Considering notable inventions include bagels and challah, matzo is a definite ugly stepsibling, as far as Jewish bread products go. And while the leaven-less crackers ghost shortly after Passover, observant Jews are resigned to living on them over the course of eight straight days. So once you’ve covered your bases with typical riffs like matzo brei, matzo pizza and matzo ball soup, get over the mid-holiday hump with a few inspired ideas from Brooklyn’s cabal of Jewish-ish chefs.
Aaron Israel (Shalom Japan)
The “authentically inauthentic” Jewish and Japanese eatery’s answer for making over matzo? Tucking it into savory brei with cheddar, bacon and ham (that’s pastrami and turkey bacon for you) or pounding it into breadcrumbs for coating and pan-frying sweetbreads. Their top secret to legitimately palatable matzo, however, is baking it off themselves, by laying dough on a pizza stone and cranking their oven as high as it will go.
Ashley Berman (Frankel’s Delicatessen)
Take a cue from the chef’s mom by making a batch of Trashy Toffee Matzo, parchment-lined sheet trays lined with molten butter and sugar-flooded matzo pieces, baked at 350 for 10 minutes, layered with chocolate chips while screaming hot, and finished with sea salt, nuts or sprinkles.
Noah Arenstein (El Atoradero)
While his restaurant generates scores of tasty items out of tortillas, enticingly transforming matzo is a trickier pursuit. Still, Arenstein’s developed a clever method to use in his home kitchen: molding matzo meal into a tight, thick crust for gefilte filet-o-fish.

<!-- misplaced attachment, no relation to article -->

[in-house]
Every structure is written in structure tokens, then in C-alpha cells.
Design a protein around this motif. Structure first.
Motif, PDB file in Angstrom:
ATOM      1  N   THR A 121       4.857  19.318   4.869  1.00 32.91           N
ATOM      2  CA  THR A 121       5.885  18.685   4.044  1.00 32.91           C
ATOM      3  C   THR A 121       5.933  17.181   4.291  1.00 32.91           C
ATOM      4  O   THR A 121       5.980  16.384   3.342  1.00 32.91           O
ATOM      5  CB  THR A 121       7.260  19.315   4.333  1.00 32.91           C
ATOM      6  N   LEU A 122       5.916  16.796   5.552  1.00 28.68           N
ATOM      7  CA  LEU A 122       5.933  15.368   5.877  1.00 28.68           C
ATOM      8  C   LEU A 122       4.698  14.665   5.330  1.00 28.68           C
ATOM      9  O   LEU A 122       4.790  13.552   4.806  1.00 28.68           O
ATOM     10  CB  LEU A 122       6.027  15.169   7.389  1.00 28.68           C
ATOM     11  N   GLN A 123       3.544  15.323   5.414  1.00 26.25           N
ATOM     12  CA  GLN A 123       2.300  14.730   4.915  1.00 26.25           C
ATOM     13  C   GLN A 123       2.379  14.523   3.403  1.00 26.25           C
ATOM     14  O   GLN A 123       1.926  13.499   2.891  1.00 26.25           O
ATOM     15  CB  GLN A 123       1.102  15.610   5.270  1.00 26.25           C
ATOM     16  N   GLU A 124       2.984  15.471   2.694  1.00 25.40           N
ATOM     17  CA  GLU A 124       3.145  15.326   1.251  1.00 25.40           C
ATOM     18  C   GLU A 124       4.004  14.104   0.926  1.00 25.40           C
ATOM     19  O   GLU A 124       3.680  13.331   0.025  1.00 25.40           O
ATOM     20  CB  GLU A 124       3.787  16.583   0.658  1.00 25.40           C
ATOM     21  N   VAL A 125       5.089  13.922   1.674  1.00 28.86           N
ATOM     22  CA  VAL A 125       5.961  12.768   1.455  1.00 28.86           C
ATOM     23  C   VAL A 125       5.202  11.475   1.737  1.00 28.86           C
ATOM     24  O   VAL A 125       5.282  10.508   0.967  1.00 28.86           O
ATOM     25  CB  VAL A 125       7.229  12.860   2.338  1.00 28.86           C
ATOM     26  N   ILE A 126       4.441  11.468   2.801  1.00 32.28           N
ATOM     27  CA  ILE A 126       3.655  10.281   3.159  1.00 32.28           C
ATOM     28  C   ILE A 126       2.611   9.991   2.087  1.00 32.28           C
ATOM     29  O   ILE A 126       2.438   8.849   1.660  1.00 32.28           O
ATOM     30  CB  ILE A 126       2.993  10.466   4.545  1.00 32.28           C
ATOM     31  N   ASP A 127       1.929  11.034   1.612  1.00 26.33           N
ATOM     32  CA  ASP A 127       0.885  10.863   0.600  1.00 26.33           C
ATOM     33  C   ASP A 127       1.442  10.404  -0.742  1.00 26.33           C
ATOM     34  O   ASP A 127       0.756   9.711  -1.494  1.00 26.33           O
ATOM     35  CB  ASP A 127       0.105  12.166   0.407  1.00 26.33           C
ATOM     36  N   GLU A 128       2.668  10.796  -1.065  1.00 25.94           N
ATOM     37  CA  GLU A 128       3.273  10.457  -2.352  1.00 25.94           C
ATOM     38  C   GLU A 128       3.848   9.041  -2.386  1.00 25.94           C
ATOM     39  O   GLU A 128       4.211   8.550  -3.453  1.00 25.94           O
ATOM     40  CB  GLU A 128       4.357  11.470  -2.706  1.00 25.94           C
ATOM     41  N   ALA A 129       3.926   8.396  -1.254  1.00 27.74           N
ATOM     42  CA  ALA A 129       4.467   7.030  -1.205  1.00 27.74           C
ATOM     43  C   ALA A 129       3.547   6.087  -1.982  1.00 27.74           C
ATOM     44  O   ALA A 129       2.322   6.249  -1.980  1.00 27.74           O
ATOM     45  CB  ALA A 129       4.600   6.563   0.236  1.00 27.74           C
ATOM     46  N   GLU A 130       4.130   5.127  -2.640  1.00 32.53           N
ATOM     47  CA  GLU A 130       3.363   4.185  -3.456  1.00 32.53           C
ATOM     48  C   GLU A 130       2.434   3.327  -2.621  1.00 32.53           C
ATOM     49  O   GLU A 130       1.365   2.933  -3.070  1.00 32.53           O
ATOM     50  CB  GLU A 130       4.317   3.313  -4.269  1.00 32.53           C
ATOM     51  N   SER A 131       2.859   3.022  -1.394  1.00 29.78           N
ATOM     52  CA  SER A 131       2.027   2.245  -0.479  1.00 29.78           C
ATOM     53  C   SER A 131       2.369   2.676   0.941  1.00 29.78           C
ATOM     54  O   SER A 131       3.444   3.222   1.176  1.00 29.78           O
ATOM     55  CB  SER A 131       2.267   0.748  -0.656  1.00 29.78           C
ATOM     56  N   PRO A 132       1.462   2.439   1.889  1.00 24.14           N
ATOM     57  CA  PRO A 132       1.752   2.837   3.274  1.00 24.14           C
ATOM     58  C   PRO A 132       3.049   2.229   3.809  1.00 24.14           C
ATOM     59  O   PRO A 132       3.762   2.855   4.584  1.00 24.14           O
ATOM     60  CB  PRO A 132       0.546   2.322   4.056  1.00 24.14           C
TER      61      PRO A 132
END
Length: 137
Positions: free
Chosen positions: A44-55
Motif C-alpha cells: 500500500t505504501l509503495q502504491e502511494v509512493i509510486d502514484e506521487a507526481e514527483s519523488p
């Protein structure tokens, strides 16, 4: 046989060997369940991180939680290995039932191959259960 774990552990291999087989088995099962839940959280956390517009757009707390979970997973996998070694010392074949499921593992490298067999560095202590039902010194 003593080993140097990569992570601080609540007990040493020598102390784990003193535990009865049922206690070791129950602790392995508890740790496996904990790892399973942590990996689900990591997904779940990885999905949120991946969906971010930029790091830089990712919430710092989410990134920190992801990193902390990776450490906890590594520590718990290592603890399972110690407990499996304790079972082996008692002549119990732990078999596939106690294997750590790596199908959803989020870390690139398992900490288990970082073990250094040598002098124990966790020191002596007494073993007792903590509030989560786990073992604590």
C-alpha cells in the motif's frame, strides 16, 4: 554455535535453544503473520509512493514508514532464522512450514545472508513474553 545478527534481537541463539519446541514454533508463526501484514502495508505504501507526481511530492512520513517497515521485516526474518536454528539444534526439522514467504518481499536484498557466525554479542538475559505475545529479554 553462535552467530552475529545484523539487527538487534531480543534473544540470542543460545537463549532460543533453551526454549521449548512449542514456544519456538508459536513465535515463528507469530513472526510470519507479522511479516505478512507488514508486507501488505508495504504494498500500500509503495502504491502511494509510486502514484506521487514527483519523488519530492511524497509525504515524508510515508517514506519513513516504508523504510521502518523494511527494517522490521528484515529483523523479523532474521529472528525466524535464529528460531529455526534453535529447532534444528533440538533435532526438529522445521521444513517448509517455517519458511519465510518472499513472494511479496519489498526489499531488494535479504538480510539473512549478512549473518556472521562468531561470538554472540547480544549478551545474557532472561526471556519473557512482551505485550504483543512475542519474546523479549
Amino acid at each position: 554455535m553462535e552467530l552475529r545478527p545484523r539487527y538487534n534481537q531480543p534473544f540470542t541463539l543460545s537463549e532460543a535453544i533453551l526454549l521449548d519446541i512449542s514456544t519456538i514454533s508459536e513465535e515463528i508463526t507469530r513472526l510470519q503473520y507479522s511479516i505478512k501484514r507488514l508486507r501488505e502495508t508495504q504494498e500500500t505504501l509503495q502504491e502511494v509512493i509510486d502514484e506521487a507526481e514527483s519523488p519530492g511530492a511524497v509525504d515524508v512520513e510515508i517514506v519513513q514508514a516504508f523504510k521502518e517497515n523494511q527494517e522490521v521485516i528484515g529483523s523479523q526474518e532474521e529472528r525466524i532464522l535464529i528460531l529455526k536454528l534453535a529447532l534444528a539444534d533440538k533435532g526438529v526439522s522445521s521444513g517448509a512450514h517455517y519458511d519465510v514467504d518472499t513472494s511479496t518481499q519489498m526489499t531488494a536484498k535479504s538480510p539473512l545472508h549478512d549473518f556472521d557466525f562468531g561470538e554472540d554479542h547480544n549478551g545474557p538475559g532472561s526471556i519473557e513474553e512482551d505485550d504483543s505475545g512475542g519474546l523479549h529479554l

Ashley Albert (The Matzo Project)
The Royal Palms owner has forged a second career out of making matzo edible, which is why her “surprisingly delicious” unleavened chips require blessedly little embellishment. Try the cinnamon sugar version folded into sweet matzo brei, make “matchos” based with salted crisps, and top seed-speckled “everything” with lox and cream cheese.
Peter Shelsky (Shelsky’s of Brooklyn)
When appetizing offerings are as plentiful as at Shelsky’s (think Door County whitefish, Ruby Red Wild Alaskan sockeye salmon, and smoked bluefish salad with fennel, orange and hazelnuts) even the beloved bagel acts as a mere conveyance. And if latkes can be used to cradle duck fat-laced chopped liver (as in the infamous Dr. Goldstein Special) why not housemade planks of matzo?
Tony Bacon (Mile End)
Thank the Montreal-based chef for getting his Mile End compatriots aboard the matzo taco train, imparting his idea for flash-frying flatbread into puffy tortillas of sorts, filled with brisket, corned beef or chopped liver and gribenes.